First impressions are that this isn’t much different from the Double Oak version of Jim Beam. It looks and smells like a good rich bourbon, with a hefty helping of vanilla, caramel, and cherry or crisp apple coming off the glass.

Taking a sip, though, there’s something very different going on. It still has the same flavors from the Double Oak version, but the saturation has been dialed up to 11 for this bottle. Those flavors are as deep and as rich as James Cameron in the Mariana Trench — specifically, the caramel and charred oak are dominating the flavor profile. Surprisingly, though, the flavors aren’t overpowering or bitter. Rather, they are as smooth and delicious as they are simultaneously loud. It’s a interesting juxtaposition.

On the finish, there’s a bit of peppery spice and some rye bread, which makes sense given the rye content in the whiskey.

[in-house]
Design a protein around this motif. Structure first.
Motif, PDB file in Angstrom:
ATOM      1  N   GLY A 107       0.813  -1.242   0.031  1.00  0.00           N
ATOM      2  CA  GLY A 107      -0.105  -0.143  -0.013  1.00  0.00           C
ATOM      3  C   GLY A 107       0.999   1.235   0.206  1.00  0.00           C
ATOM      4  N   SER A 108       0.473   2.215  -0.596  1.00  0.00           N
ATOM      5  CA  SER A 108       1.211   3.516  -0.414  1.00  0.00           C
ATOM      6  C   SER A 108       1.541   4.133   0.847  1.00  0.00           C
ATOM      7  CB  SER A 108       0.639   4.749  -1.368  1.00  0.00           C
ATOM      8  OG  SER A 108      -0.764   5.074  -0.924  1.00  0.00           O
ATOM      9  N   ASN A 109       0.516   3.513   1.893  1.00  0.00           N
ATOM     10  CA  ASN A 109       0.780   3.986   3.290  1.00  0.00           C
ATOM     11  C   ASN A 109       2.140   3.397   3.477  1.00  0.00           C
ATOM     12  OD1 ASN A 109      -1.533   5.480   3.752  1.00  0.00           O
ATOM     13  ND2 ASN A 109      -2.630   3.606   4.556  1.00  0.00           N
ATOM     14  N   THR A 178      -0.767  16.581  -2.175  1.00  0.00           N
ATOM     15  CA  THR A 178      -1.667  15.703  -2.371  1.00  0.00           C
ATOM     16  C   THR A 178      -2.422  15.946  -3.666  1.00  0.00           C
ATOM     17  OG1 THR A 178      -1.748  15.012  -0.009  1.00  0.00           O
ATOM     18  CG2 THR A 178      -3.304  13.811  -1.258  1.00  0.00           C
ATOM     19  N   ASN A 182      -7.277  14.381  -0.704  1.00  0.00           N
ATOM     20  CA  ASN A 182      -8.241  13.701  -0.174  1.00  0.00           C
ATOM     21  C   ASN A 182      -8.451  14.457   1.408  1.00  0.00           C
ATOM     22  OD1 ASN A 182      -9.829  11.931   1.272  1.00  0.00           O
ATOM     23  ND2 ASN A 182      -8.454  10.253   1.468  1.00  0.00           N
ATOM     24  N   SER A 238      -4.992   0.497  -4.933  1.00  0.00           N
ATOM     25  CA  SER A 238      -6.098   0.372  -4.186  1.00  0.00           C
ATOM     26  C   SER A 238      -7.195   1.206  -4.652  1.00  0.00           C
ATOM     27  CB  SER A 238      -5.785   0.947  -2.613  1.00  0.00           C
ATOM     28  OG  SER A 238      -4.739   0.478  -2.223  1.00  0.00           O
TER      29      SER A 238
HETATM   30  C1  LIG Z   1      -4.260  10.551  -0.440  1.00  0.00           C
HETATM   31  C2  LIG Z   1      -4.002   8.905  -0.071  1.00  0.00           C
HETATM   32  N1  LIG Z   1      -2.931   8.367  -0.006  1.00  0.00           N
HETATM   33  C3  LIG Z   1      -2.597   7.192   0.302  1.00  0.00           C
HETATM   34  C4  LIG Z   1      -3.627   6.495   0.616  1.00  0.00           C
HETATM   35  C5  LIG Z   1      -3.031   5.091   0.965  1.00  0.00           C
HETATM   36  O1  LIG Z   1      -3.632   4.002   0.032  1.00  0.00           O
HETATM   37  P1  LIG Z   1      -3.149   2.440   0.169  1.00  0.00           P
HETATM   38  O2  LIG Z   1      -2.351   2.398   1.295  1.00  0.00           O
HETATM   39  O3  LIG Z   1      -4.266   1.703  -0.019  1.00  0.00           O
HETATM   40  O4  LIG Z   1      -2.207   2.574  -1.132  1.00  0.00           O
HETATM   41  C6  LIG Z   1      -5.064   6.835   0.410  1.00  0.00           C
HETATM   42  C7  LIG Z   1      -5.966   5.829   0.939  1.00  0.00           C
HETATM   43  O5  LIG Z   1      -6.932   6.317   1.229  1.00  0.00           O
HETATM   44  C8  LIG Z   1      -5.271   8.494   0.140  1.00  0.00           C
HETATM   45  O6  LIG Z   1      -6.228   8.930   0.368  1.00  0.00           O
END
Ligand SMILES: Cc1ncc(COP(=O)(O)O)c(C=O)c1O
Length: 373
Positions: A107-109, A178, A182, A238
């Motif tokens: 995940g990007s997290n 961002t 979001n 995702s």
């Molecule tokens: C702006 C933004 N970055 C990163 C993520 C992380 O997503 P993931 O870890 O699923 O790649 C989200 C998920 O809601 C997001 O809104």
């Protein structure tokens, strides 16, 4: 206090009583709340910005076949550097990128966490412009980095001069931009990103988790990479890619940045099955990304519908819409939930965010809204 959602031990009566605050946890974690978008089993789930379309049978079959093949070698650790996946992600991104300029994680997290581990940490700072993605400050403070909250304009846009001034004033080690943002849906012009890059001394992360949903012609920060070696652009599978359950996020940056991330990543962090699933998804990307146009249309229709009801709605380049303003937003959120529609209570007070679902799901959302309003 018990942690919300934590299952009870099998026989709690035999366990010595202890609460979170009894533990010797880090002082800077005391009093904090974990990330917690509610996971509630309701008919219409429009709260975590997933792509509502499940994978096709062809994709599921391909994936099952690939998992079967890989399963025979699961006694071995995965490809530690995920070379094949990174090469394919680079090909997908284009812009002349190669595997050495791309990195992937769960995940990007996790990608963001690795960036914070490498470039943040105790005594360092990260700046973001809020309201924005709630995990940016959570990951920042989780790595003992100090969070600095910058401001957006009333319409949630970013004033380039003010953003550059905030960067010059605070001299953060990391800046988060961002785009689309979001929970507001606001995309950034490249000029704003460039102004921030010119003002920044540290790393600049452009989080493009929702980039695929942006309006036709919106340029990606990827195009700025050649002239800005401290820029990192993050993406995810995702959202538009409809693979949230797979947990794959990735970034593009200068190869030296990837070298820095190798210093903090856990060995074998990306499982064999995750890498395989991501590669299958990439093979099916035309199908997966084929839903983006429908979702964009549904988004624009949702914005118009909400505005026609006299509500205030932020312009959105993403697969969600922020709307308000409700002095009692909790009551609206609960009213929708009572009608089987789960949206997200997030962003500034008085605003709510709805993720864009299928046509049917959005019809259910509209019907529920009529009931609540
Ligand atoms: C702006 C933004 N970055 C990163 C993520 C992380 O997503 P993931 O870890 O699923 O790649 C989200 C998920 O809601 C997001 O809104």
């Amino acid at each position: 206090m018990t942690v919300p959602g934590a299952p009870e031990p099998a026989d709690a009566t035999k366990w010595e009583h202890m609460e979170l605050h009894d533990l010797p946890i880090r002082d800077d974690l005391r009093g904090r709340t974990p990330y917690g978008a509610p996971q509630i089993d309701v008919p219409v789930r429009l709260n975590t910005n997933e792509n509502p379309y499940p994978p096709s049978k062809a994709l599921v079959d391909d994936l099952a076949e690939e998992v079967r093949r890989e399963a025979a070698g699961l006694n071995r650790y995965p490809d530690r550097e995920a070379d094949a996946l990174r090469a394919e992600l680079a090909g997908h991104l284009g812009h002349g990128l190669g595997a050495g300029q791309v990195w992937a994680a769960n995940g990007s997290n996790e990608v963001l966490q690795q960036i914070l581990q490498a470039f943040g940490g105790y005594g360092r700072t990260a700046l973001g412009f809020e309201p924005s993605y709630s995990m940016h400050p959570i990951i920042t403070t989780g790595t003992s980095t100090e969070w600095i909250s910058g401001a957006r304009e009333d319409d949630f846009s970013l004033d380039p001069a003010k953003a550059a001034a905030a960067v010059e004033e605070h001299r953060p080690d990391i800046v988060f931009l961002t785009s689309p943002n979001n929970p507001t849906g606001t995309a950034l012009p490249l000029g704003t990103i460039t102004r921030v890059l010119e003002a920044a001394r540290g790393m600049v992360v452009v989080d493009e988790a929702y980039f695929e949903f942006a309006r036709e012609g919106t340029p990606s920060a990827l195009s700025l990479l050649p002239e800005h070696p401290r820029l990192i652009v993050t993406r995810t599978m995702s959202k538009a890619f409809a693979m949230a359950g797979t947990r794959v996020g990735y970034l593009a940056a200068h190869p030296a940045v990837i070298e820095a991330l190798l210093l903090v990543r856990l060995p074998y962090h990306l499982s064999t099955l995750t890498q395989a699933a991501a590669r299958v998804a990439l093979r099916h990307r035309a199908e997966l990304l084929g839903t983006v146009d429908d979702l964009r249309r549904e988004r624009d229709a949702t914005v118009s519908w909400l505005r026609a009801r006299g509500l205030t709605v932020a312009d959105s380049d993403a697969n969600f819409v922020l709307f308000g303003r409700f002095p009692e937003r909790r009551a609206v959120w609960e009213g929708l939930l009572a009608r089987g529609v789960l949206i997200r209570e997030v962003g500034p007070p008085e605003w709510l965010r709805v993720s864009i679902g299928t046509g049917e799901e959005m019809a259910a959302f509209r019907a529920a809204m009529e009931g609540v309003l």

On Ice

Usually, a little bit of ice has a mellowing effect on whiskey — it tones down the harsher aspects, scrubs the weaker components, and generally smooths out the experience. In this case, the flavors are strong enough that they still come through in the end, but the ice just helps them meld together a bit better than when taken neat.

Those same flavors are there and, while they aren’t quite saturated to the level they were before, it’s still a more significant punch than what you get in the majority of American bourbons. That charring is definitely coming out more as well, leaving an almost charcoal-like aftertaste behind.

I feel like this would go really well with a cigar.

Cocktail (Old Fashioned)

One of the things you can count on a good rich bourbon for is making a great old fashioned, and this is no exception.

The trick here is that all the flavors in the whiskey are complimentary to the angostura bitters, the cherry, and the slice of orange. There’s some good fruit already in the whiskey, a bit of sweetness from the vanilla and caramel, and that charred oak flavor provides some much needed depth and complexity. All in all, this makes a great Old Fashioned.

Fizz (Mule)